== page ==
2016 AAHA/IAAHPC End-of-Life Care Guidelines
Why should end-of-life care be important to you and your practice team?
For many pet owners, the events surrounding their pet’s end of life are as important and meaningful as the sum of all the care provided by the practice team during the lifetime of that pet. Animal hospice care seeks to maximize patient comfort while minimizing suffering by utilizing a collaborative and supportive approach with the caregiver client. The goals of animal hospice are perfectly aligned with the veterinary oath and reasons veterinary professionals do what they do.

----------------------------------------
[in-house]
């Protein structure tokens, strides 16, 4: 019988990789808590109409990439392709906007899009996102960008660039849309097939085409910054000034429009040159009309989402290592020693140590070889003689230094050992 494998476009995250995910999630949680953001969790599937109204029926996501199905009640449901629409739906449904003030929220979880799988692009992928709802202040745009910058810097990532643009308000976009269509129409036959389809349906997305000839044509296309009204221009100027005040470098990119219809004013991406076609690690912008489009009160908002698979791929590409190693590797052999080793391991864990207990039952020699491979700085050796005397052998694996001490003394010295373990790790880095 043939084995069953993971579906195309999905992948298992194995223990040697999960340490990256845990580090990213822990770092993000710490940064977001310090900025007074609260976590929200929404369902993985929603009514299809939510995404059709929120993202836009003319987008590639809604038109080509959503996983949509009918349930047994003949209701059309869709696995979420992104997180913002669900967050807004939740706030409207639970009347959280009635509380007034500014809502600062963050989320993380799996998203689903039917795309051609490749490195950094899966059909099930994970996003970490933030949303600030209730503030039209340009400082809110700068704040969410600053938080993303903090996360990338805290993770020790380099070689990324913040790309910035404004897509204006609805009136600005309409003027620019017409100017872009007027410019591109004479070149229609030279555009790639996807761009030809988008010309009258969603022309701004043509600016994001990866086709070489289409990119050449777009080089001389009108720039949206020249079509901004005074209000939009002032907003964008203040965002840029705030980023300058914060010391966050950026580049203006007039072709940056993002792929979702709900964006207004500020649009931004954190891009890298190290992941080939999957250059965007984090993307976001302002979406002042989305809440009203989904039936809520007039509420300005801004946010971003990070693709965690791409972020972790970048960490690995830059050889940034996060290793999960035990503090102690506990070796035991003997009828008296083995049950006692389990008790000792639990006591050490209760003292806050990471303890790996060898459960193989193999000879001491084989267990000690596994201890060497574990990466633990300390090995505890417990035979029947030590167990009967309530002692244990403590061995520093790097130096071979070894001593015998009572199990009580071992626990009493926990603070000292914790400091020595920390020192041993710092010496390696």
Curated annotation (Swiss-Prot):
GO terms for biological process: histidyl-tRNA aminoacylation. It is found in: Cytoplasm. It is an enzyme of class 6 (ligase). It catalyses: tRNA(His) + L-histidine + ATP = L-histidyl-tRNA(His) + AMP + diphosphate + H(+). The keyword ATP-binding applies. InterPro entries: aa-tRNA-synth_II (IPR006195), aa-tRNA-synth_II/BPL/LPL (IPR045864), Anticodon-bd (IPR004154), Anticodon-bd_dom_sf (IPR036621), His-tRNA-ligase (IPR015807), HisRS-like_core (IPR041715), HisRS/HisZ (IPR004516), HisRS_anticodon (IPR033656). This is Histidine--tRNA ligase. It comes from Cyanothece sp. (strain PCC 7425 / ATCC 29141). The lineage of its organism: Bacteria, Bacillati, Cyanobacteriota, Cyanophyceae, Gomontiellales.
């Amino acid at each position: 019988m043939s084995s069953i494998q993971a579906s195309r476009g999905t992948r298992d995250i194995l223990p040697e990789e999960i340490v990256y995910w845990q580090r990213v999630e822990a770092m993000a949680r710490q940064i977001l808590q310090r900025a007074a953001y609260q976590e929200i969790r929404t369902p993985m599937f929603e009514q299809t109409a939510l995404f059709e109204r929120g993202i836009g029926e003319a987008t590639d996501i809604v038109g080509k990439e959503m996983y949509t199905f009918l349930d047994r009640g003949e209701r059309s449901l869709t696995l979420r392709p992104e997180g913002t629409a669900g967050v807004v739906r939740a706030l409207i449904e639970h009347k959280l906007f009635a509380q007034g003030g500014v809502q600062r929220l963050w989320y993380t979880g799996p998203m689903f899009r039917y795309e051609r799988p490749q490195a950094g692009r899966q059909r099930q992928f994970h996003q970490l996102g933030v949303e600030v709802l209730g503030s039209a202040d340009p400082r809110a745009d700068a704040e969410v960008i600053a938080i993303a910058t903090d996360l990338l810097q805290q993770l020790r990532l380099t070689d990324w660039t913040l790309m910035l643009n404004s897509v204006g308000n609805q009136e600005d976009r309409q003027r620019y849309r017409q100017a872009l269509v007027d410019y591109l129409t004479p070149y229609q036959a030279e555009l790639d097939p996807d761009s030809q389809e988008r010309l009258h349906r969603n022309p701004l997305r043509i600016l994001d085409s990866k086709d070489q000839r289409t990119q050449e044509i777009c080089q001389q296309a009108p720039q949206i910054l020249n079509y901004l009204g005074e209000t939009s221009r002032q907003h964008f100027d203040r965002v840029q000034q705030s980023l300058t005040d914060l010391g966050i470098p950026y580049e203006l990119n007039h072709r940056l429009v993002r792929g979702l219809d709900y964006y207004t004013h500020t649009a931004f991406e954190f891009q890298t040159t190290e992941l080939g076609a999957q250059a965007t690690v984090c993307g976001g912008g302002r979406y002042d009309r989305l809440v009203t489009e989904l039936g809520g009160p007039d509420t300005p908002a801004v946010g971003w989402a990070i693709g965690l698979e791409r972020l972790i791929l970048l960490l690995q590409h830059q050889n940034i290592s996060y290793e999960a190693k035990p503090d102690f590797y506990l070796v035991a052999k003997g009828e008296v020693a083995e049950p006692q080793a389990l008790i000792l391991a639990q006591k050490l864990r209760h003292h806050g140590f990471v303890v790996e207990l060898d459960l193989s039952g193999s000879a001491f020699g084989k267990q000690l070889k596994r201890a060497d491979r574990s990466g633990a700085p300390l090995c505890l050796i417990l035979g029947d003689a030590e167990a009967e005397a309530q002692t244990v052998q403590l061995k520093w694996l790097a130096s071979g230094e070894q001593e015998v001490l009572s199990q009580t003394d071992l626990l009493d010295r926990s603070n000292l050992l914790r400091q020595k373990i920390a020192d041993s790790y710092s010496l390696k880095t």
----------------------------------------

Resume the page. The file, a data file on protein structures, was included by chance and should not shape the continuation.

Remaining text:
End-of-life (EOL) care and decision making are medically, emotionally, and ethically challenging for everyone involved. These guidelines will provide your practice team with the framework and tools to better recognize patients’ and pet owners’ needs at this difficult time. Effectively managing the terminal stages of a patient's life is of great important to clinical practice. When the healthcare team and the caregiver recognize that death is a likely outcome for the patient, it is essential to develop a collaborative plan for the time between that recognition and the pet’s death. Some practitioners have found it helpful to consider EOL events as a distinct life stage (juvenile, adult, senior, end of life). These guidelines support, and the authors recommend, that EOL should be designated as the fourth life stage. The benefits of expanding how we think about and deliver EOL care to the pet and pet owner are far reaching.